Is space in GP surgeries costed?

Workforce is a bigger issue than space. In the north, half of the practices have physical space for an FCP and half don’t so practices may end up sharing FCPs.

Is this a scheme that allows the government to outsource NHS services to private providers?

Yes, that is a risk. One of the Primary Care Networks in Haringey has taken private providers on. That can mean there’s less integration with NHS services. In Islington we did receive offers from private providers but we were very keen to work with the NHS providers like the Whittington.

There may be a role for private providers if the NHS cannot deliver a service on its own but they would never be the first choice.

Would this delay urgent treatment? I tried the self-referral process and there was a three month waiting list. I also had difficulties contacting my GP.

I’m very sorry that you have had a bad experience. We can pick that up outside of this meeting. Because of the pandemic, there have been workforce challenges and the waiting list is much longer than we would like it to be. Every self-referral is looked at by a senior clinician and triaged to either routine or urgent. A conversation with your GP can be helpful particularly if your case is complex and it may be better for them to complete the referral. (That wasn’t easy in this case) During the pandemic, a lot of consultations took place over the phone. Now all first appointments are face to face which is so much better. Physiotherapy for Neuro/Falls/MSK (Musculoskeletal services) is very difficult to do over the phone.

When you’re waiting you can talk to your GP. That’s part of what General Practice is about. Your GP can’t provide that specialist care but can tweak things in the meantime while you’re waiting for secondary care.

I’ve had physio in Islington. It’s always been wonderful. Physios are worth their weight in gold. Please keep them in the system.

Thank you that’s nice to hear. One thing I’d say is that it’s very important to do the exercises that your physio sets you. Exercise is the best drug we have. It’s always the key solution, so do what your physio says. Treat it in the same way as cleaning your teeth – it’s something that you should never stop because it’s so important for every aspect of your health.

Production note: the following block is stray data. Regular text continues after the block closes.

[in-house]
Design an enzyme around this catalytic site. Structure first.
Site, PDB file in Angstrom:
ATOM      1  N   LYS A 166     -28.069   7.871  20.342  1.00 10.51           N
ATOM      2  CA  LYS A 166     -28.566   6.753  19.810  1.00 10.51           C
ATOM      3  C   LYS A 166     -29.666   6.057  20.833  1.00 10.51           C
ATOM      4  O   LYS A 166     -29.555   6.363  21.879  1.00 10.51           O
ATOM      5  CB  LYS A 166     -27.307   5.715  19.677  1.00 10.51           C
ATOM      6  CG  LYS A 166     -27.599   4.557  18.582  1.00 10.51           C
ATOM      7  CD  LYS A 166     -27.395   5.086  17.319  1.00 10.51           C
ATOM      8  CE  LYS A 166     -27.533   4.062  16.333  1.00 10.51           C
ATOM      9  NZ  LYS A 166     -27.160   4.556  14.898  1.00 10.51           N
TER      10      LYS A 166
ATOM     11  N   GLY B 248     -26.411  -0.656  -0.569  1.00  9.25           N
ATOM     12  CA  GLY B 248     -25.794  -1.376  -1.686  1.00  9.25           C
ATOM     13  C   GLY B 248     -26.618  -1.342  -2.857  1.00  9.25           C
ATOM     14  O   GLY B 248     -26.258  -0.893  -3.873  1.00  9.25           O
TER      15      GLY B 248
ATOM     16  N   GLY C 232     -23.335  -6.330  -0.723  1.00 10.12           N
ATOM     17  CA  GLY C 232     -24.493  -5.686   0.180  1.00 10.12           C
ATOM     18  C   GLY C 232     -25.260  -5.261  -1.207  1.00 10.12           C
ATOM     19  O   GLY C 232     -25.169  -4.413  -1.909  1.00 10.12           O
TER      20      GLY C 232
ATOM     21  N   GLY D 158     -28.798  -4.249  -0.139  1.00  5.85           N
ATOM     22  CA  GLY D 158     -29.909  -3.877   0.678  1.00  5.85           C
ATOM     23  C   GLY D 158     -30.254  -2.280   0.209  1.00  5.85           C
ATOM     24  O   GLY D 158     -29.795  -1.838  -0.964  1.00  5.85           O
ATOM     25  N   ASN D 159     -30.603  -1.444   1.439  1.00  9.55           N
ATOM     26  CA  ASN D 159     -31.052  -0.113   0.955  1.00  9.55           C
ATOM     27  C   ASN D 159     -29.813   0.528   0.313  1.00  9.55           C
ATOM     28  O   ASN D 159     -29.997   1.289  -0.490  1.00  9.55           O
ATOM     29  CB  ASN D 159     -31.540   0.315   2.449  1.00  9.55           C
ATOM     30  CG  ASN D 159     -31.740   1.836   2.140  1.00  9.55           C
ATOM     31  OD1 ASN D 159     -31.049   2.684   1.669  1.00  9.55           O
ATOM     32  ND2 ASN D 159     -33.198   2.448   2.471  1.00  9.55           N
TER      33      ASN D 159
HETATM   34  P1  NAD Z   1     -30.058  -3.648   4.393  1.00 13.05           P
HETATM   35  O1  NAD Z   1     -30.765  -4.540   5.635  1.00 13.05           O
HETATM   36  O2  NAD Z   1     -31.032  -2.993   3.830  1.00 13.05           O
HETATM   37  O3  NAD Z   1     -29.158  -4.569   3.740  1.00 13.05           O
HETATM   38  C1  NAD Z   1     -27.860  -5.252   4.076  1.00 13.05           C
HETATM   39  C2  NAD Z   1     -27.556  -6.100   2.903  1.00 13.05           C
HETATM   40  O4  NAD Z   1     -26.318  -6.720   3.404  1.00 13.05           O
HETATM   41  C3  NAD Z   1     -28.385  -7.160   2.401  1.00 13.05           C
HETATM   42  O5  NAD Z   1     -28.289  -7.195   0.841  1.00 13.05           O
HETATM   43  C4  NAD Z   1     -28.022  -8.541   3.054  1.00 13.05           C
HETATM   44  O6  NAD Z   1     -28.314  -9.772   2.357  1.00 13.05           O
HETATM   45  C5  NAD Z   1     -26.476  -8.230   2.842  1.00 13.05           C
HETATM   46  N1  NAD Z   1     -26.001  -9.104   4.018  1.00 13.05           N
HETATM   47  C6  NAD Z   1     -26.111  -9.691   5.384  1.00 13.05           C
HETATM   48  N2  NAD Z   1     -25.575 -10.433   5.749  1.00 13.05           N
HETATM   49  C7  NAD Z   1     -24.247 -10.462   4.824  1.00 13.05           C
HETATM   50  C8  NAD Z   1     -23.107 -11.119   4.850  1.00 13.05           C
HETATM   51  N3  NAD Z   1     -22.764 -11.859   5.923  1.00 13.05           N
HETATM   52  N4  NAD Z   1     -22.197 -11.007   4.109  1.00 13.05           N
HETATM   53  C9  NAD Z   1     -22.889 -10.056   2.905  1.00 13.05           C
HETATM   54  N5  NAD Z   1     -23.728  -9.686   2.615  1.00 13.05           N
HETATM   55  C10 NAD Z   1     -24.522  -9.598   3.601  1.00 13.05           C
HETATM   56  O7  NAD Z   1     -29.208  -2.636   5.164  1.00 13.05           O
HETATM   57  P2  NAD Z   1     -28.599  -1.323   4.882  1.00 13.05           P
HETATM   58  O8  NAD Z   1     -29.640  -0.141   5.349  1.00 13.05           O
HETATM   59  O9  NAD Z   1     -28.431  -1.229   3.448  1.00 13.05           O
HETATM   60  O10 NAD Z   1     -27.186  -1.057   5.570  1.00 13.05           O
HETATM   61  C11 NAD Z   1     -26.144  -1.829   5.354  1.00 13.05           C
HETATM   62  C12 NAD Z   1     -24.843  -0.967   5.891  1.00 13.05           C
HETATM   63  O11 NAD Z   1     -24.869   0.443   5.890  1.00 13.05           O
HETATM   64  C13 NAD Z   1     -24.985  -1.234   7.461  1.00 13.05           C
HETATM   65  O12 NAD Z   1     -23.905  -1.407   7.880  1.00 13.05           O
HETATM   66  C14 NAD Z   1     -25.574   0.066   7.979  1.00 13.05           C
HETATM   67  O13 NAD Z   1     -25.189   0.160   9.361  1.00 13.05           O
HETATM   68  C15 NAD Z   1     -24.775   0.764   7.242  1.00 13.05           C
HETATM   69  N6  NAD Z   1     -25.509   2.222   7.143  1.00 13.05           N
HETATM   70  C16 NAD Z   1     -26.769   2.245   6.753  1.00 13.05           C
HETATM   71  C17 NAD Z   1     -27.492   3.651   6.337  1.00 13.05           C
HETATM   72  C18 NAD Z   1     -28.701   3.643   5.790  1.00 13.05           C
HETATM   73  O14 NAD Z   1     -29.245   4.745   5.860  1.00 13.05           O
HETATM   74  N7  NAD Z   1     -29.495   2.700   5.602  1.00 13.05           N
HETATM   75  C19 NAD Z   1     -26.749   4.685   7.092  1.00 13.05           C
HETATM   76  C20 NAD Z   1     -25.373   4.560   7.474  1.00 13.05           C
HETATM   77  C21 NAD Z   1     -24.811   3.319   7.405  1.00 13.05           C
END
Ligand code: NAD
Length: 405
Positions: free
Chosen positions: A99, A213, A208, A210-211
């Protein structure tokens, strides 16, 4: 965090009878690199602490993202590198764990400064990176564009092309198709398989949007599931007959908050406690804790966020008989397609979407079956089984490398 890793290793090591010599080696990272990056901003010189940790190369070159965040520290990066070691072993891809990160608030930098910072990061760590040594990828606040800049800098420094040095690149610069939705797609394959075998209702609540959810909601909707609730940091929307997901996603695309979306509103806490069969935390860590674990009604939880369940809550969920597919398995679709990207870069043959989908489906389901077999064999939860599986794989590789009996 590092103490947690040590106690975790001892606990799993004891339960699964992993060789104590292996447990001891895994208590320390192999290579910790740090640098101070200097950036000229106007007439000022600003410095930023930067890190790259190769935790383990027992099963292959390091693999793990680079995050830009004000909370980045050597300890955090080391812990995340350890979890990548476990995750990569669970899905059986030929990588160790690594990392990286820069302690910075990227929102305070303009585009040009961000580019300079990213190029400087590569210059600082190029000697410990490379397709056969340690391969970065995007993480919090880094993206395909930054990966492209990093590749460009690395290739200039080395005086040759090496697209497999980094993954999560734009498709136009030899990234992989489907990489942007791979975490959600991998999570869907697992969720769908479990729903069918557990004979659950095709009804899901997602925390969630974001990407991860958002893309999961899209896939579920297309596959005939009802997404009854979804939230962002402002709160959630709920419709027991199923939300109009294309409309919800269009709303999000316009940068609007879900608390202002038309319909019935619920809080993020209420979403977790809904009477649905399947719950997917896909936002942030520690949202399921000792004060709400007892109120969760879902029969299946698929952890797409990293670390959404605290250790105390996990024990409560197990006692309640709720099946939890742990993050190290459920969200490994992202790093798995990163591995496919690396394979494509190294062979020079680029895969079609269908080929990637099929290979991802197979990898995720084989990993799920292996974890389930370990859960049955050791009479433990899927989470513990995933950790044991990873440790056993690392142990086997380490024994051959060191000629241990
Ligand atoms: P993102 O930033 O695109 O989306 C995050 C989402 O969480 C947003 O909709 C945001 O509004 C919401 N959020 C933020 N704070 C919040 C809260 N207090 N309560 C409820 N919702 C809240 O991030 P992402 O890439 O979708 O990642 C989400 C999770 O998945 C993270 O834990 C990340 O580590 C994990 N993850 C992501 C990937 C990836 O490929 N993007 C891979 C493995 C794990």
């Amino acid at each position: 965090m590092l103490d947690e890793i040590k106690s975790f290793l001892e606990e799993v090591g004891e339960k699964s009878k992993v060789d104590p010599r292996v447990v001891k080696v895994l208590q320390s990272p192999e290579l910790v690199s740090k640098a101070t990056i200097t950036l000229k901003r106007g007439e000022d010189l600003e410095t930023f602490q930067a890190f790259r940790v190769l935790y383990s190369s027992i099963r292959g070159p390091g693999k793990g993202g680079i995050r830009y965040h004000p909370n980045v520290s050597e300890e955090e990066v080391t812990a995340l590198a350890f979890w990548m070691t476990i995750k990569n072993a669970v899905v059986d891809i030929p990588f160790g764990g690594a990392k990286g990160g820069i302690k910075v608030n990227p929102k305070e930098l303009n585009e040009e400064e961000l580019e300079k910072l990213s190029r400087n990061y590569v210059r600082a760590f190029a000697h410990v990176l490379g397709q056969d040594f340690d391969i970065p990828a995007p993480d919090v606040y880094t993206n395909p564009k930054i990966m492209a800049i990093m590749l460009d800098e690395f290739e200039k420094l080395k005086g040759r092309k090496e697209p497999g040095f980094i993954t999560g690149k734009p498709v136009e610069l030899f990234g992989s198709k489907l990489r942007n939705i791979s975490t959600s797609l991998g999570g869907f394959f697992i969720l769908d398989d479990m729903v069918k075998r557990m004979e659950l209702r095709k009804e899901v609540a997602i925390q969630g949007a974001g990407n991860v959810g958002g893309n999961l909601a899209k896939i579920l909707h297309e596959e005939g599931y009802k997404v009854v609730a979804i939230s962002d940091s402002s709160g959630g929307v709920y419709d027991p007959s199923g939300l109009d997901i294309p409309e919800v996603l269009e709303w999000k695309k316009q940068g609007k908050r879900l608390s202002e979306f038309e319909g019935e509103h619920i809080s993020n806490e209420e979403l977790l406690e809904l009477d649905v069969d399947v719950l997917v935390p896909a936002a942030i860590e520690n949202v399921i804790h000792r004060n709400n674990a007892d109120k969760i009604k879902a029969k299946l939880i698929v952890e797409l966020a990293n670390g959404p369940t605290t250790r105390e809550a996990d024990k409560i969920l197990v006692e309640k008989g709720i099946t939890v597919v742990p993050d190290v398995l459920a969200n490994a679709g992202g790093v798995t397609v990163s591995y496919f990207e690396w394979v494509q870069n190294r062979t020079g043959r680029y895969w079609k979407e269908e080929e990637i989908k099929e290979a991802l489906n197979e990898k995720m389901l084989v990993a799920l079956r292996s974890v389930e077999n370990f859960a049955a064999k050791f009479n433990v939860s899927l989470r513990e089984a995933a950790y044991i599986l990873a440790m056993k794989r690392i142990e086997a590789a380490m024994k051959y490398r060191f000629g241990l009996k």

If I’m able to afford private physio should I have it and what are the good private providers?

If you have the money then why not. There are lots of really excellent private providers but what you can’t tell is if you have booked one of those. We can’t make individual recommendations. In the NHS there’s more consistency and all our staff are well supported and trained. What you might want to do is dip your toe in the water. Don’t continue with something if you feel it’s not helping. Regardless of whether you’re accessing an NHS or a private service you should always feel listened to.

I’ve had experiences where I’ve left messages but not been called back

We can pick that up outside of this meeting. There might be something wrong with the mailbox.

Thank you. I’ve had similar experiences at the UCLH where I’ve left messages for the consultant and they haven’t seen them.

Talking about the value of exercise, is reduced gym membership for older folks still ongoing?

No, that particular scheme has ended due to a combination of funding issues and Covid forcing gyms to close. There is something similar that is available for the weight management service but the eligibility criteria for that service are different. We’ve all suffered a bit from the lack of gym and exercise facilities during the pandemic. Regular exercise is also great for mental health.

Islington Social Services have offered paid gym membership for services supporting mental health

Even without discounted membership, the gym is cheap for older residents. You pay £5.50 a year plus £2.50 per session to use the gym. That’s quite affordable. That’s with Better gyms.

Age UK also offer discounted sessions at the Sobell Centre. £2.10 for the whole morning.

Healthy Generations makes lots of exercise available online or in person.

Thanks to you all for the information about the schemes that are available in the community. As a health provider, it’s hard to keep up to date with all this information. Social Prescribers based at GP surgeries tend to have this information.



Nadine's presentation on Community Physiotherapy Services
Helena's presentation on First Contact Physiotherapists